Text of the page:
News La Rosa Blu

LA ROSA BLU
di Gerda Weissmann Klein (The Blue rose - link poesia originale)


Francesca è una bambina. Un'adorabile bambina,
i suoi occhi sono nocciola, i capelli un po' più scuri.
Se i capelli le cadono sugli occhi, li scosta.
Ma la mano non va dritta alla fronte.
Prima si curva come un fiore
al primo schiudersi dei petali.
Poi scosta i capelli dagli occhi.
Francesca è diversa.
Per me, Francesca è come una rosa blu.
Una rosa blu?
Avete mai visto una rosa blu?
Ci sono rose bianche,
e rose rosa e rose gialle,
e un'infinità di rose rosse.
Ma blu?
Un giardiniere sarebbe felice
di avere una rosa blu.
La gente verrebbe da lontano per vederla.
Sarebbe rara, diversa, bella.
Anche Francesca è diversa.
È come se Francesca vivesse dietro uno schermo, uno schermo che non riusciamo a vedere.
Forse ha colori magnifici.
Forse quei colori a volte distraggono Francesca dal prestare attenzione a quel che diciamo.
O forse ascolta una musica che noi non possiamo sentire.
Francesca è come un uccellino.
Un uccello dalle ali molto corte.
Per un uccello così, volare è difficile:
ci vuole più forza, più fatica, più tempo.
Deve essere più bravo degli altri.
È per questo che dobbiamo capire
che conquista è per Francesca imparare.
Non importa cosa.
Francesca è come una rosa blu,
delicata e bellissima.

(E' FRANCESC@ E BASTA, M.Portolani-L.V.Berliri, ed. La Meridiana 1998)

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The Blue Rose
condensed from the book by Gerda Klein

------------ Jenny is a little girl--
a lovely little girl.
She has brown eyes
and dark brown hair.

If her hair
falls into her eyes
she brushes it away.
But her hand
does not go straight
to her forehead.

Instead, it curves
around like a flower
first opening its petals.
*Then* she brushes
her hair out of her eyes.

You see, Jenny is different.
Different?
Yes, different from most other little girls.

But surely all people don't have to be alike,
think alike,
act alike,
or look alike.

To me, Jenny is like a blue rose.

A *blue* rose?

Have you ever seen
a blue rose?
There are white roses
and pink roses
and yellow roses,
and of course
lots of red roses.
But *blue*?

Every gardener would
love to raise a blue rose.
People would come
from far away to see it.
It would be rare
and different and beautiful.

Jenny is different, too.
And so, in a way,
she is like a blue rose.

when Jenny first came home
from the hospital--a pink baby,
all cuddly and round--
she cried very often.
She cried more than most babies.

Why?
Well, perhaps
she saw different shadows
that frightened her.
Perhaps she heard sounds
that were strange to her.
When she was older,
Jenny always stayed close
to her mother and  held on
to her tightly.

You know,
when a kitten loses its tail
it is said to gain sharper ears.
It's true that a tail
helps a kitten run faster.
But a kitten without a tail hears better and can detect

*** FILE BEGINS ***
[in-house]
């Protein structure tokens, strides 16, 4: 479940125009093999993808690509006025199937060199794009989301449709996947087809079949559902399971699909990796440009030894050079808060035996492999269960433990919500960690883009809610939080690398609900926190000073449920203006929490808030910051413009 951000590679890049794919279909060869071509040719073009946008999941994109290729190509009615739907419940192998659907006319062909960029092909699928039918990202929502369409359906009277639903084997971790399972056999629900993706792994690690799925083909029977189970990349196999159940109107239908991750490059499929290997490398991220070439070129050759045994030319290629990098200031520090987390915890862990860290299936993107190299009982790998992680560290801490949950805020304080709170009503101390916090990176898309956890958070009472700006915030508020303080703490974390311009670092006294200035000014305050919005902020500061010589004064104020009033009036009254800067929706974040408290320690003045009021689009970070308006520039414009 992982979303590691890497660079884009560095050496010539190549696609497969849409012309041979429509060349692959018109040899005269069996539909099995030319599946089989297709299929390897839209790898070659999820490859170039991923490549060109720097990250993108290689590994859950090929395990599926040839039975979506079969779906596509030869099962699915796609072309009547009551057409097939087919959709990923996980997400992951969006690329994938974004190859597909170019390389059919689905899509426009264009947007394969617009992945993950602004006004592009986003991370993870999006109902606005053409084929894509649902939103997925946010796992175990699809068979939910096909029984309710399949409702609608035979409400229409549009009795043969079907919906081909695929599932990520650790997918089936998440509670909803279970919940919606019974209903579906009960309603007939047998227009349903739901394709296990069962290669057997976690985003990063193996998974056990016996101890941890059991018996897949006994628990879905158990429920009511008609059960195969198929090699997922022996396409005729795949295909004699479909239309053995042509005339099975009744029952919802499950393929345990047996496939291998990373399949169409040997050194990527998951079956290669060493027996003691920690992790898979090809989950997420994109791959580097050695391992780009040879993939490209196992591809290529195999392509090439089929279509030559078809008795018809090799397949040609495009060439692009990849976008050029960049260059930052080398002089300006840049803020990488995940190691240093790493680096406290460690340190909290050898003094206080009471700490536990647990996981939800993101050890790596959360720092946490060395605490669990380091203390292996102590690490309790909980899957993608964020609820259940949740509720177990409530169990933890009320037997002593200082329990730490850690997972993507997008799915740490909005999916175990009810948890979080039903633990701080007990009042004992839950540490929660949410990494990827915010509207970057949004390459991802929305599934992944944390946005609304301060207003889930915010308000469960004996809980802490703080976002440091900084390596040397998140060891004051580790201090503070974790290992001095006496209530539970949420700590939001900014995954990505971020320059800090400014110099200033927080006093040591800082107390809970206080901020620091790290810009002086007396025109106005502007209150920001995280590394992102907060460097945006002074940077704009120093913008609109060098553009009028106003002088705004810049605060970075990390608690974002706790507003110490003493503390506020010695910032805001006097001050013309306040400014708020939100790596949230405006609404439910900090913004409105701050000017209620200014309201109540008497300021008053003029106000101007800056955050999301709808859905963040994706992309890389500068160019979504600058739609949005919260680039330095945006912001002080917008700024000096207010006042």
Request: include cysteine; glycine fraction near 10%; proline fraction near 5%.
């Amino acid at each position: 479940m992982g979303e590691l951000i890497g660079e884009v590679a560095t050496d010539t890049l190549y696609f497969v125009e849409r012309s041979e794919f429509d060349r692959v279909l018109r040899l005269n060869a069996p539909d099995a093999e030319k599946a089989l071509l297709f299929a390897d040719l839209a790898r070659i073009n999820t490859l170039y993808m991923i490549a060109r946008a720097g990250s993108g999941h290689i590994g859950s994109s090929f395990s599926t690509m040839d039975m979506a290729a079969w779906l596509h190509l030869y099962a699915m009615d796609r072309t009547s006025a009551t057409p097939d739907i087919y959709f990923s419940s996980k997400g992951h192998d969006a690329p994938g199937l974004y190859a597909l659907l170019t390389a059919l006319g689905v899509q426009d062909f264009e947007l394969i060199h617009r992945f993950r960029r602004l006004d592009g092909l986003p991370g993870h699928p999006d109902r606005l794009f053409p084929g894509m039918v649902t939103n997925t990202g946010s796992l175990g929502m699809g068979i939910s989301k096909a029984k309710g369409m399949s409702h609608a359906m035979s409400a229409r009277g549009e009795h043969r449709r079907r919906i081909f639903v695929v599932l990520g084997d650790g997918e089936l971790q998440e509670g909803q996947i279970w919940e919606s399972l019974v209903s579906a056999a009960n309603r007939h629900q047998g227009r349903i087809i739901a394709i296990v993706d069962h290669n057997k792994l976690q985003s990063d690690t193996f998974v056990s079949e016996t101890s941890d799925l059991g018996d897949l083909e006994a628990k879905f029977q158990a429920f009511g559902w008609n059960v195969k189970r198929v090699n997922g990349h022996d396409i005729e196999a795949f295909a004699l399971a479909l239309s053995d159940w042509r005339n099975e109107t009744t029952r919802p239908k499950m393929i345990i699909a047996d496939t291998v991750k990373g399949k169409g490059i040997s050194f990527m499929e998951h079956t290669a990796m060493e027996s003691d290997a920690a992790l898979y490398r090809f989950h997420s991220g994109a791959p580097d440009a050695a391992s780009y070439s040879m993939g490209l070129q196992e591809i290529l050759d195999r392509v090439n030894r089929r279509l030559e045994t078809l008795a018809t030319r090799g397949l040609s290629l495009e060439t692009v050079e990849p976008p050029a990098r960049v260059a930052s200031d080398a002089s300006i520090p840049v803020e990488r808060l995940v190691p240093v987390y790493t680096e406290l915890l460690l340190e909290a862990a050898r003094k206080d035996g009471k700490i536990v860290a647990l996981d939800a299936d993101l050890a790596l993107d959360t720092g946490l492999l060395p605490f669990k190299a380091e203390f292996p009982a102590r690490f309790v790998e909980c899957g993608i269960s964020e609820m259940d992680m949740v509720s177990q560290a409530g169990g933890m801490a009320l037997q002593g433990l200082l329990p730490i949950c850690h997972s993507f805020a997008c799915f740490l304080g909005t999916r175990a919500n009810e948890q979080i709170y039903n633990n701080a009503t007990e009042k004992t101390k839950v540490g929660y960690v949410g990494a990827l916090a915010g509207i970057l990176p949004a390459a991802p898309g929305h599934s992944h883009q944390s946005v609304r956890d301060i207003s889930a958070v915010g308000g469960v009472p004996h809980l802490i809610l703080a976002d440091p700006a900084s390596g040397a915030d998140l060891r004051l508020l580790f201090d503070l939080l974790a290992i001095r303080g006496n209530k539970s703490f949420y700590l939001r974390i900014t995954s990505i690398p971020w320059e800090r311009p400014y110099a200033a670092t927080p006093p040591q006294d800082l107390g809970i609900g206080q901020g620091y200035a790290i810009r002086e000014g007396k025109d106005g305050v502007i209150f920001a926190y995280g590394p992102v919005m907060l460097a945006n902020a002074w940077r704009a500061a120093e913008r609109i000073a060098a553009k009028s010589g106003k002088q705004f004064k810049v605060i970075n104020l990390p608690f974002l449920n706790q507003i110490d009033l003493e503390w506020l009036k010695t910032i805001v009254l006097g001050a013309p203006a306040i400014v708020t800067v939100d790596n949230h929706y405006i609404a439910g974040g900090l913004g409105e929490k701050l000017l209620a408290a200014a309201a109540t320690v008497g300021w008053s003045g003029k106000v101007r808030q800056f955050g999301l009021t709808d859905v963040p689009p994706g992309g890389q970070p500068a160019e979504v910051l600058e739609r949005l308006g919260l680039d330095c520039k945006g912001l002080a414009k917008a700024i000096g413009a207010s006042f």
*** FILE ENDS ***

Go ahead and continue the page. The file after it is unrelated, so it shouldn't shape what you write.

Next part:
approaching footsteps long before other kittens do.

Some people don't know about such a kitten's fine ears;
they only see the lack of a tail.

Some children are cruel and stare and taunt:
"The kitten has no tail!
The kitten has no tail!"

Sometimes, Jenny would
run up to her mother
and clutch her tightly,
for no apparent
reason at all.
At least, for none
that we could see.

And so we came
to understand that
Jenny's world was
a little different,
unknown to us,
in some ways.
We began to think that
she was in a world in
which we might not feel
completely at home.
To go there might,
in a way,
be like going
to another planet.

In a way,
it's as if Jenny is
standing behind a screen,
a screen we cannot see.
Maybe it has
beautiful colors.
Maybe the colors distract
Jenny at times
from paying attention
when we talk to her.
Or perhaps she listens
to music we cannot hear.
It is said
that fish have a language
and a music of their own,
carried by the waves.
Music we cannot hear
because our ears are not fine enough.

So Jenny might hear sounds we never hear.
Maybe that is why she jumps up at times
and goes into her awkward dance.

I sometimes think Jenny is like a bird,
a bird with very short wings.
For such a bird, flying is hard:
it takes more strength, more effort, more time.

A bird with normal wings takes flying for granted,
but a bird with short wings
has to work much harder at learning.
In a way, it has to be smarter.

And so, therefore,, we have to understand
how much Jenny has accomplished
when she does learn something.

But there is another Jenny.
A Jenny who,
on a stormy winter afternoon,
sits in her little rocking chair alone
and rocks,
holding her doll in her arms.
She is very troubled
and puzzled, and she says, slowly,

"Mommy,
Sally says I'm retarded.
What does that mean, Mommy?
Retarded?
The children say retarded,
and laugh.

Why do they laugh, Mommy?"<
br> There are many things Jenny
does not understand.
And there are many things other
people don't understand about Jenny:
that Jenny is like
a kitten without a tail;
that Jenny hears a different music,
that Jenny is like a bird with
shorter wings, and has to be protected.

Jenny is like a blue rose,
delicate and lovely.
And because there are
so few blue roses,
we don't know much about them.

We only know
that they have to be tended more carefully
And loved more.